Great books coming to the big screen
As you may have guessed I enjoy books and movies very much and so when I hear that a book I loved is getting the film treatment I’m filled with excitement and apprehension as to whether it will live up to the imagery in my head.
Lord of the Rings and the Harry Potter series were both spot on, Paycheck was very much off the mark.
Here’s a few in the pipeline or already released elsewhere but yet to hit the UK.
One of my favourite authors, Neil Gaiman, wrote a grown-up fairytale about a star that falls to Earth (a little like 10th Kingdom but with less comedy).
Much of the cast, the directory and writing team are all English although the ‘star’ role goes to the very lovely American Sienna Miller. The film is scheduled for an October 19th release here in the UK and is already out stateside.
Northern Lights / The Golden Compass (2007)
The first book in Philip Pullman’s His Dark Materials series will no doubt be compared to Harry Potter in that it is a series aimed at children, features magic and has a strong female character in the lead. The similarities extend to the first book in the series having a different name in the USA and England but thankfully end there.
Whilst the casting of the film looks good abandoning the religious aspects is worrying – why DO the directors and film companies feel the need to excise or alter important parts of source material that has already proven a commercial success?
Cross your fingers and hope it hasn’t lost too much for the UK release on December 7th.
I Am Legend (2007)
Will Smith is leading the role as the last human being alive on the planet after a condition turns the rest of the population into vampires. He goes hunting by day whilst they sleep and ensures his home is fortified for the nightly onslaught when they wake.
Richard Matheson penned the novella in 1954, any novel still in print 50+ years after it was written signals to me the book must be good.
One worry is that Hollywood will turn this into a massive in-your-face action flick instead of the brooding horror of the book. The trivia at IMDB notes large budgets, sets and military vehicles/extras so this is a very distinct possibility. Hollywood have done this several times with Philip K Dick’s books and just not getting the point that his stories show ordinary people in extraordinary circumstances.
The Golden Man / Next (2007)
Philip K Dick’s book is the story of a golden man, the next evolution of humanity, who can see into the near future and his attempt at escaping his pursuers (kind of like the escape scene in Minority Report).
Not technically forthcoming as it hit the UK shores in April but I missed it being that it had a totally different name to the book. Being that the guy who can see into the future is now a Las Vegas magician played by Nicholas Cage I’m not sure I’ll bother.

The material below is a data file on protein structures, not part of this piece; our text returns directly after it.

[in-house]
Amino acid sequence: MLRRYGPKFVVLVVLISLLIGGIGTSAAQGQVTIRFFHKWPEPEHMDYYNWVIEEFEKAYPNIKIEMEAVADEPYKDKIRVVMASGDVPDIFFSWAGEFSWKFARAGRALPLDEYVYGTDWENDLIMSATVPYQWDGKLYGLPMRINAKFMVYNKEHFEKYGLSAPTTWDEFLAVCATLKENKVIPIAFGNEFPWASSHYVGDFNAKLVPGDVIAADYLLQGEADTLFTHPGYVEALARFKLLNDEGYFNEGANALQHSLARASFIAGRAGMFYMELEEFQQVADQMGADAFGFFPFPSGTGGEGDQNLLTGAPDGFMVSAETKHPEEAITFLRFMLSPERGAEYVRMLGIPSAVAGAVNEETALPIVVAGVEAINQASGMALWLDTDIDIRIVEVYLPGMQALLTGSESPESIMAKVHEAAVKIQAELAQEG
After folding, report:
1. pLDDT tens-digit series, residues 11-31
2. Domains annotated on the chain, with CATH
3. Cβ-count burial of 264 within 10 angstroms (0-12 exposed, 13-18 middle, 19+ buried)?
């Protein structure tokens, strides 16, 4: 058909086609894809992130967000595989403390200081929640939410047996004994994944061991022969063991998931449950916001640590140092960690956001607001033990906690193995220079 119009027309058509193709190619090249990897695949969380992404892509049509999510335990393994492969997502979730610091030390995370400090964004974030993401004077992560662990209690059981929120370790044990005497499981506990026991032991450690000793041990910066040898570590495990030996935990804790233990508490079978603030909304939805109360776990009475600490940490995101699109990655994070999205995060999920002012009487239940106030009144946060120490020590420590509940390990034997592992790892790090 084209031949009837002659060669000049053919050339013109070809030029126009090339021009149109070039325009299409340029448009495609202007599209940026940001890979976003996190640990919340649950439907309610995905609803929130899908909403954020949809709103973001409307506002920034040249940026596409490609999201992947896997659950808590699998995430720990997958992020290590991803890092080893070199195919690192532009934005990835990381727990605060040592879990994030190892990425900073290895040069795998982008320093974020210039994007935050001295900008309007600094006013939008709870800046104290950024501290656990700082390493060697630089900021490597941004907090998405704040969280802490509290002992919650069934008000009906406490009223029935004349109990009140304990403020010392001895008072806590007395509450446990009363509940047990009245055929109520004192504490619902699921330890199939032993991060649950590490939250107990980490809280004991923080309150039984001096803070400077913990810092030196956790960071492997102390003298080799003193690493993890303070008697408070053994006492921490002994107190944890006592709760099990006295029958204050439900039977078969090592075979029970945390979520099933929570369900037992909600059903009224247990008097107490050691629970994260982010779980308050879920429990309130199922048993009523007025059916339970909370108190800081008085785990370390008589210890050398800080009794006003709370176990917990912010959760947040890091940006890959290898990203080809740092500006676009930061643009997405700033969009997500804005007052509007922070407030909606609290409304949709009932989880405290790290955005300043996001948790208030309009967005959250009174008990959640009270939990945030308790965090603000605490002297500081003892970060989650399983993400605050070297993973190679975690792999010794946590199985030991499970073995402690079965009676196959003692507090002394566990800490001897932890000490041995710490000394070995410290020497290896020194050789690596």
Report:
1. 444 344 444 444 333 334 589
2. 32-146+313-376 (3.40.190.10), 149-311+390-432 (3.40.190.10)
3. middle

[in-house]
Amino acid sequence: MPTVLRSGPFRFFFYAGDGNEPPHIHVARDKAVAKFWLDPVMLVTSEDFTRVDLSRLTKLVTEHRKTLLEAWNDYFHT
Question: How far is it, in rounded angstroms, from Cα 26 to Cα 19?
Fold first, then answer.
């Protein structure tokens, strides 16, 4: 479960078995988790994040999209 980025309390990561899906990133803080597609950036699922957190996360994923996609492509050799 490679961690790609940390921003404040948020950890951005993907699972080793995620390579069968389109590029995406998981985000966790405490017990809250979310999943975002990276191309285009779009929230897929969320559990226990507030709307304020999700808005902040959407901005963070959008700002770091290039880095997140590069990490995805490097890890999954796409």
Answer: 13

If there was a point to the book about how we will react to our own evolution it’s lost. Perhaps Hollywood think that’s been covered enough by the X-Men franchise.
Altered Carbon (2009 ?)
Richard K. Morgan writes the story of one Takeshi Kovacks, an ex-military elite soldier in a future where your body is easily replaced providing the metal backup device implanted in the base of your skull is in tact. Kovacks is egotistical, violent and methodical in his new job as a private investigator seeking out why his rich client apparently committed suicide (and was promptly restored from backup but lost some essential hours).
The book is gritty and certainly not aimed at children. Would Hollywood pay the big bucks required to get the imagery right for such a grand undertaking of a film that would be limited to an adult/18 category is unlikely but somebody has the rights and is penning in a 2009 release date.
If the film is a success there are two more books in the series which will demand grander sets and even larger budgets.
Rendezvous with Rama (2009 ?)
Morgan Freeman picked up the rights to Arthur C. Clarke’s fantastic novel about a large cylindrical object that enters our solar system briefly and the subsequent exploration of it’s interior but has seemingly done little since.
There used to be a web site with some renders and notes but that has long since gone and the ‘producers are still working on the adaptation’ and Morgan’s schedule seems to indicate he is rather busy on other projects.
Morgan claims that part of the delay is getting a studio on board that doesn’t want to turn it into an action movie (great news and can be a success as Contact shows) and that they are still working on the script (get David Peoples on the case).
Whilst the film is on a grand scale it would probably be relatively cheap to film as most of it could be green-screened against rendered backgrounds being that everything inside Rama is not man-made anyway.